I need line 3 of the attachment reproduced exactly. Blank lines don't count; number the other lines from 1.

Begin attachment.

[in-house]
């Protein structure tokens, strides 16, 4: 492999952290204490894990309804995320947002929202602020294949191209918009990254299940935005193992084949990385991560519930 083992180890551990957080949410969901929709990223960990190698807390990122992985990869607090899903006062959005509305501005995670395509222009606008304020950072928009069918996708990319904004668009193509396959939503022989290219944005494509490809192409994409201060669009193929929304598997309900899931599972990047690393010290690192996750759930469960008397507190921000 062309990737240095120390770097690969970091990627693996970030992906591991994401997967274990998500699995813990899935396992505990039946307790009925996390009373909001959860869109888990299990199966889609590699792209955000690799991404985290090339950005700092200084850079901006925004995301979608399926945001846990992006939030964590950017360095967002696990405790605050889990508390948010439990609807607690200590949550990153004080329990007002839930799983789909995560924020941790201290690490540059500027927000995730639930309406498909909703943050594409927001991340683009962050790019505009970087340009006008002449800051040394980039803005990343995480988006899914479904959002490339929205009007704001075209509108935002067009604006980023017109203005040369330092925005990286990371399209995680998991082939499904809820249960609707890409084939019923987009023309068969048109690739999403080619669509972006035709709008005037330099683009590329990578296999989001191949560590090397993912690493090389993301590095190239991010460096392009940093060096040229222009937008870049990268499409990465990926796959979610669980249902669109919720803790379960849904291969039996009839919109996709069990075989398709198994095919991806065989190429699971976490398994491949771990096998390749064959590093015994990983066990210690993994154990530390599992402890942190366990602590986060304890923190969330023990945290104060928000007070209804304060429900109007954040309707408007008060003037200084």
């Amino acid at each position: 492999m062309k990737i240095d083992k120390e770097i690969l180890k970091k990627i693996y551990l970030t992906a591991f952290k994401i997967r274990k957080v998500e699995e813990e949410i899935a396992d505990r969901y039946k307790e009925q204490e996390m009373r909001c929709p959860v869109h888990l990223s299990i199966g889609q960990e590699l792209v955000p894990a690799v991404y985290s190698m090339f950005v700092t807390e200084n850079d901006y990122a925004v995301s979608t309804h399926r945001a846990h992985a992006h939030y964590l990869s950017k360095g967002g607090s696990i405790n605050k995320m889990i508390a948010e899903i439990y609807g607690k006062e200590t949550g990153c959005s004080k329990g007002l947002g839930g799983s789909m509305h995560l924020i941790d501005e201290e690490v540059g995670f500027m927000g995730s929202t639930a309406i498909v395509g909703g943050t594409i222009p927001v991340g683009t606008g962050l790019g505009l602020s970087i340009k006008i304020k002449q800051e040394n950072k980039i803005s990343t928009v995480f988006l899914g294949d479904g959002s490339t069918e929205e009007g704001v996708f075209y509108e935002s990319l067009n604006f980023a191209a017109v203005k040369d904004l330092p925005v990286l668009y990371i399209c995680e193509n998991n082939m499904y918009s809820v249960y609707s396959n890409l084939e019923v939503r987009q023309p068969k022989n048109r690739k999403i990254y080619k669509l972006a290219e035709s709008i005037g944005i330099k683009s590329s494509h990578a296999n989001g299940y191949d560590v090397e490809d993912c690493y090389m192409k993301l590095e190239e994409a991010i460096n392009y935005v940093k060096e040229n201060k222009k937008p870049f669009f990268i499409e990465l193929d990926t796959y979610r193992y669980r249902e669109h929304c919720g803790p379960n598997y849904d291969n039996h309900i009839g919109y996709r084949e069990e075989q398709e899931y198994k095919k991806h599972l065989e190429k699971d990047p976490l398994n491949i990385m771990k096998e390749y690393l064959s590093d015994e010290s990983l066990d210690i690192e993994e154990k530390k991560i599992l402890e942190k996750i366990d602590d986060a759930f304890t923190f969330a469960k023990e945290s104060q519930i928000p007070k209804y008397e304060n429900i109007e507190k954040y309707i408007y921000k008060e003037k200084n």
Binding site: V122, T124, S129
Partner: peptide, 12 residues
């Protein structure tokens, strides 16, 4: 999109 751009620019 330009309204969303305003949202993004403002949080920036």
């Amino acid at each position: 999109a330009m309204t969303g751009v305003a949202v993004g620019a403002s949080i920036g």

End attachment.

């Amino acid at each position: 492999m062309k990737i240095d083992k120390e770097i690969l180890k970091k990627i693996y551990l970030t992906a591991f952290k994401i997967r274990k957080v998500e699995e813990e949410i899935a396992d505990r969901y039946k307790e009925q204490e996390m009373r909001c929709p959860v869109h888990l990223s299990i199966g889609q960990e590699l792209v955000p894990a690799v991404y985290s190698m090339f950005v700092t807390e200084n850079d901006y990122a925004v995301s979608t309804h399926r945001a846990h992985a992006h939030y964590l990869s950017k360095g967002g607090s696990i405790n605050k995320m889990i508390a948010e899903i439990y609807g607690k006062e200590t949550g990153c959005s004080k329990g007002l947002g839930g799983s789909m509305h995560l924020i941790d501005e201290e690490v540059g995670f500027m927000g995730s929202t639930a309406i498909v395509g909703g943050t594409i222009p927001v991340g683009t606008g962050l790019g505009l602020s970087i340009k006008i304020k002449q800051e040394n950072k980039i803005s990343t928009v995480f988006l899914g294949d479904g959002s490339t069918e929205e009007g704001v996708f075209y509108e935002s990319l067009n604006f980023a191209a017109v203005k040369d904004l330092p925005v990286l668009y990371i399209c995680e193509n998991n082939m499904y918009s809820v249960y609707s396959n890409l084939e019923v939503r987009q023309p068969k022989n048109r690739k999403i990254y080619k669509l972006a290219e035709s709008i005037g944005i330099k683009s590329s494509h990578a296999n989001g299940y191949d560590v090397e490809d993912c690493y090389m192409k993301l590095e190239e994409a991010i460096n392009y935005v940093k060096e040229n201060k222009k937008p870049f669009f990268i499409e990465l193929d990926t796959y979610r193992y669980r249902e669109h929304c919720g803790p379960n598997y849904d291969n039996h309900i009839g919109y996709r084949e069990e075989q398709e899931y198994k095919k991806h599972l065989e190429k699971d990047p976490l398994n491949i990385m771990k096998e390749y690393l064959s590093d015994e010290s990983l066990d210690i690192e993994e154990k530390k991560i599992l402890e942190k996750i366990d602590d986060a759930f304890t923190f969330a469960k023990e945290s104060q519930i928000p007070k209804y008397e304060n429900i109007e507190k954040y309707i408007y921000k008060e003037k200084n």